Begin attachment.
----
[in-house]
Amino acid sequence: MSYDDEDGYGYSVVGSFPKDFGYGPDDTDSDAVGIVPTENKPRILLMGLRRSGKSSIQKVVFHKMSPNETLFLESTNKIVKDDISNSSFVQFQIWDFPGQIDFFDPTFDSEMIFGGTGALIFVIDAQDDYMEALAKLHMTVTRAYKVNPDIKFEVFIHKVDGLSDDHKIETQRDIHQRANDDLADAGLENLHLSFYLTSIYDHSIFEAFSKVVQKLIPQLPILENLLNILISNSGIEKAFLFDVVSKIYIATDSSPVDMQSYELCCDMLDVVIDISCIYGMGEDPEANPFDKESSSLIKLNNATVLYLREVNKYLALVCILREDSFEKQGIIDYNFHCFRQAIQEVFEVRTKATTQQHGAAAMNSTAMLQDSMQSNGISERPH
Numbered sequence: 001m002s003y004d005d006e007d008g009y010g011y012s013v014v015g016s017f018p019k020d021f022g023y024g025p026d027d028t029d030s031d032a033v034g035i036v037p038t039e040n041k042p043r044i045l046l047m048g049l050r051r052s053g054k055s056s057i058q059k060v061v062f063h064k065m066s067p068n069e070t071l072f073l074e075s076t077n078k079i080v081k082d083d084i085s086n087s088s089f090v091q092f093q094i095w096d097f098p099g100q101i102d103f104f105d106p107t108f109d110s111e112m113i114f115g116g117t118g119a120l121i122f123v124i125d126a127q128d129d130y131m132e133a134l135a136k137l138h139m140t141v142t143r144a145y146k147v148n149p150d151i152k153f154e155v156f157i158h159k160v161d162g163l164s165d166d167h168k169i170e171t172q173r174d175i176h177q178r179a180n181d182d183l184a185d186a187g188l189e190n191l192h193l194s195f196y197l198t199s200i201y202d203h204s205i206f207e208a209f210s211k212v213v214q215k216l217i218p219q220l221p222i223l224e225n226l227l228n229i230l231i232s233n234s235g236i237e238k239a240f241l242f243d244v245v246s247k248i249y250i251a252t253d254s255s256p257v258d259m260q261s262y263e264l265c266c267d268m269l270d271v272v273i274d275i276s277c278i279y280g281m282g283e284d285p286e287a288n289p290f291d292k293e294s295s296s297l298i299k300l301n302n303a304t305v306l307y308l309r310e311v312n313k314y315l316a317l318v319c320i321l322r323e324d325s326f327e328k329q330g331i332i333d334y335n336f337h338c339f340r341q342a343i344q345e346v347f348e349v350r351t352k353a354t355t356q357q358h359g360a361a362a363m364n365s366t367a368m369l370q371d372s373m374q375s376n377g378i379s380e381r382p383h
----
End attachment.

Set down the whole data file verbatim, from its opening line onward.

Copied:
[in-house]
Amino acid sequence: MSYDDEDGYGYSVVGSFPKDFGYGPDDTDSDAVGIVPTENKPRILLMGLRRSGKSSIQKVVFHKMSPNETLFLESTNKIVKDDISNSSFVQFQIWDFPGQIDFFDPTFDSEMIFGGTGALIFVIDAQDDYMEALAKLHMTVTRAYKVNPDIKFEVFIHKVDGLSDDHKIETQRDIHQRANDDLADAGLENLHLSFYLTSIYDHSIFEAFSKVVQKLIPQLPILENLLNILISNSGIEKAFLFDVVSKIYIATDSSPVDMQSYELCCDMLDVVIDISCIYGMGEDPEANPFDKESSSLIKLNNATVLYLREVNKYLALVCILREDSFEKQGIIDYNFHCFRQAIQEVFEVRTKATTQQHGAAAMNSTAMLQDSMQSNGISERPH
Numbered sequence: 001m002s003y004d005d006e007d008g009y010g011y012s013v014v015g016s017f018p019k020d021f022g023y024g025p026d027d028t029d030s031d032a033v034g035i036v037p038t039e040n041k042p043r044i045l046l047m048g049l050r051r052s053g054k055s056s057i058q059k060v061v062f063h064k065m066s067p068n069e070t071l072f073l074e075s076t077n078k079i080v081k082d083d084i085s086n087s088s089f090v091q092f093q094i095w096d097f098p099g100q101i102d103f104f105d106p107t108f109d110s111e112m113i114f115g116g117t118g119a120l121i122f123v124i125d126a127q128d129d130y131m132e133a134l135a136k137l138h139m140t141v142t143r144a145y146k147v148n149p150d151i152k153f154e155v156f157i158h159k160v161d162g163l164s165d166d167h168k169i170e171t172q173r174d175i176h177q178r179a180n181d182d183l184a185d186a187g188l189e190n191l192h193l194s195f196y197l198t199s200i201y202d203h204s205i206f207e208a209f210s211k212v213v214q215k216l217i218p219q220l221p222i223l224e225n226l227l228n229i230l231i232s233n234s235g236i237e238k239a240f241l242f243d244v245v246s247k248i249y250i251a252t253d254s255s256p257v258d259m260q261s262y263e264l265c266c267d268m269l270d271v272v273i274d275i276s277c278i279y280g281m282g283e284d285p286e287a288n289p290f291d292k293e294s295s296s297l298i299k300l301n302n303a304t305v306l307y308l309r310e311v312n313k314y315l316a317l318v319c320i321l322r323e324d325s326f327e328k329q330g331i332i333d334y335n336f337h338c339f340r341q342a343i344q345e346v347f348e349v350r351t352k353a354t355t356q357q358h359g360a361a362a363m364n365s366t367a368m369l370q371d372s373m374q375s376n377g378i379s380e381r382p383h